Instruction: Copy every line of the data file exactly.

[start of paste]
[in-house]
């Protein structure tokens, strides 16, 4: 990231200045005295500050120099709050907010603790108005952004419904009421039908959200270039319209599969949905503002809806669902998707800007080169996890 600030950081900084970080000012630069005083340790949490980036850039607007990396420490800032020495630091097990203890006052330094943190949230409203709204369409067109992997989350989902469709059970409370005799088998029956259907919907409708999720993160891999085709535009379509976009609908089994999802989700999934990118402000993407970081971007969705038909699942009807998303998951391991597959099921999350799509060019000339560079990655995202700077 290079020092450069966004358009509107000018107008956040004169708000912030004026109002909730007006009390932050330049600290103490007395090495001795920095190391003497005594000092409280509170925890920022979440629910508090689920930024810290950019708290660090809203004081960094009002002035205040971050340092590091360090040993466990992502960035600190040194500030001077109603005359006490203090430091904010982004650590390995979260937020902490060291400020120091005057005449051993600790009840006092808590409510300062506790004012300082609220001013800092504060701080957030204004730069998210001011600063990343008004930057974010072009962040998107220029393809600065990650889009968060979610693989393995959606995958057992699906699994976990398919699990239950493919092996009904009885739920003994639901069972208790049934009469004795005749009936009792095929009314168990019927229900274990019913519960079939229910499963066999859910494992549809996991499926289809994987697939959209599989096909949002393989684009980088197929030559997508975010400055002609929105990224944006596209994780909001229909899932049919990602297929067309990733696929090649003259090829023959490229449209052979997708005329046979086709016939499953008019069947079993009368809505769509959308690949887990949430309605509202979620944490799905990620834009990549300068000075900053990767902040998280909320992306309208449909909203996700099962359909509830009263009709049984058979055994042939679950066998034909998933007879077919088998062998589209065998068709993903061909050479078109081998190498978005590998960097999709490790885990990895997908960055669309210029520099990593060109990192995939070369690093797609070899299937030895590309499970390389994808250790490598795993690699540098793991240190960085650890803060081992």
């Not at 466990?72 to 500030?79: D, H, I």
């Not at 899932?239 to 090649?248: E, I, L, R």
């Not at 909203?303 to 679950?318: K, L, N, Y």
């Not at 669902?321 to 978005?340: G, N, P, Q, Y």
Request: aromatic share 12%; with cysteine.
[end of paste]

[in-house]
């Protein structure tokens, strides 16, 4: 990231200045005295500050120099709050907010603790108005952004419904009421039908959200270039319209599969949905503002809806669902998707800007080169996890 600030950081900084970080000012630069005083340790949490980036850039607007990396420490800032020495630091097990203890006052330094943190949230409203709204369409067109992997989350989902469709059970409370005799088998029956259907919907409708999720993160891999085709535009379509976009609908089994999802989700999934990118402000993407970081971007969705038909699942009807998303998951391991597959099921999350799509060019000339560079990655995202700077 290079020092450069966004358009509107000018107008956040004169708000912030004026109002909730007006009390932050330049600290103490007395090495001795920095190391003497005594000092409280509170925890920022979440629910508090689920930024810290950019708290660090809203004081960094009002002035205040971050340092590091360090040993466990992502960035600190040194500030001077109603005359006490203090430091904010982004650590390995979260937020902490060291400020120091005057005449051993600790009840006092808590409510300062506790004012300082609220001013800092504060701080957030204004730069998210001011600063990343008004930057974010072009962040998107220029393809600065990650889009968060979610693989393995959606995958057992699906699994976990398919699990239950493919092996009904009885739920003994639901069972208790049934009469004795005749009936009792095929009314168990019927229900274990019913519960079939229910499963066999859910494992549809996991499926289809994987697939959209599989096909949002393989684009980088197929030559997508975010400055002609929105990224944006596209994780909001229909899932049919990602297929067309990733696929090649003259090829023959490229449209052979997708005329046979086709016939499953008019069947079993009368809505769509959308690949887990949430309605509202979620944490799905990620834009990549300068000075900053990767902040998280909320992306309208449909909203996700099962359909509830009263009709049984058979055994042939679950066998034909998933007879077919088998062998589209065998068709993903061909050479078109081998190498978005590998960097999709490790885990990895997908960055669309210029520099990593060109990192995939070369690093797609070899299937030895590309499970390389994808250790490598795993690699540098793991240190960085650890803060081992």
């Not at 466990?72 to 500030?79: D, H, I």
């Not at 899932?239 to 090649?248: E, I, L, R």
């Not at 909203?303 to 679950?318: K, L, N, Y």
């Not at 669902?321 to 978005?340: G, N, P, Q, Y």
Request: aromatic share 12%; with cysteine.